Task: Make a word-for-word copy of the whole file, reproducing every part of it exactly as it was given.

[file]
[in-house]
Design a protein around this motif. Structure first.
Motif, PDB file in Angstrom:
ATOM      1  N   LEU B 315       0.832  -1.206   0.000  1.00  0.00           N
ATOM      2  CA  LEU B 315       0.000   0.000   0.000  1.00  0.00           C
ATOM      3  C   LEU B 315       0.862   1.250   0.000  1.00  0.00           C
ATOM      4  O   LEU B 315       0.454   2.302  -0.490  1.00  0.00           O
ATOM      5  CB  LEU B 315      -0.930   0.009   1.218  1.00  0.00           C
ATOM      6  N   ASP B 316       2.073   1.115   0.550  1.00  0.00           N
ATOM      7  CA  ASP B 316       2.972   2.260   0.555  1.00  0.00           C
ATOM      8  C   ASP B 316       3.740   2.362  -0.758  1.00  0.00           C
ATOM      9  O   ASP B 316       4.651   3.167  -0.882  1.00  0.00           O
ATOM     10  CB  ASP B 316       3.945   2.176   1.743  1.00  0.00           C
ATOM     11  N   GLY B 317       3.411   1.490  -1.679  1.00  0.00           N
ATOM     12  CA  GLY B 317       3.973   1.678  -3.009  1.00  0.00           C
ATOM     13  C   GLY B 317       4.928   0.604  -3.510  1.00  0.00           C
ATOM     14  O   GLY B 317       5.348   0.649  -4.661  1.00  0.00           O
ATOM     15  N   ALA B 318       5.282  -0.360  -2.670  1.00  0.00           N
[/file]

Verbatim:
[in-house]
Design a protein around this motif. Structure first.
Motif, PDB file in Angstrom:
ATOM      1  N   LEU B 315       0.832  -1.206   0.000  1.00  0.00           N
ATOM      2  CA  LEU B 315       0.000   0.000   0.000  1.00  0.00           C
ATOM      3  C   LEU B 315       0.862   1.250   0.000  1.00  0.00           C
ATOM      4  O   LEU B 315       0.454   2.302  -0.490  1.00  0.00           O
ATOM      5  CB  LEU B 315      -0.930   0.009   1.218  1.00  0.00           C
ATOM      6  N   ASP B 316       2.073   1.115   0.550  1.00  0.00           N
ATOM      7  CA  ASP B 316       2.972   2.260   0.555  1.00  0.00           C
ATOM      8  C   ASP B 316       3.740   2.362  -0.758  1.00  0.00           C
ATOM      9  O   ASP B 316       4.651   3.167  -0.882  1.00  0.00           O
ATOM     10  CB  ASP B 316       3.945   2.176   1.743  1.00  0.00           C
ATOM     11  N   GLY B 317       3.411   1.490  -1.679  1.00  0.00           N
ATOM     12  CA  GLY B 317       3.973   1.678  -3.009  1.00  0.00           C
ATOM     13  C   GLY B 317       4.928   0.604  -3.510  1.00  0.00           C
ATOM     14  O   GLY B 317       5.348   0.649  -4.661  1.00  0.00           O
ATOM     15  N   ALA B 318       5.282  -0.360  -2.670  1.00  0.00           N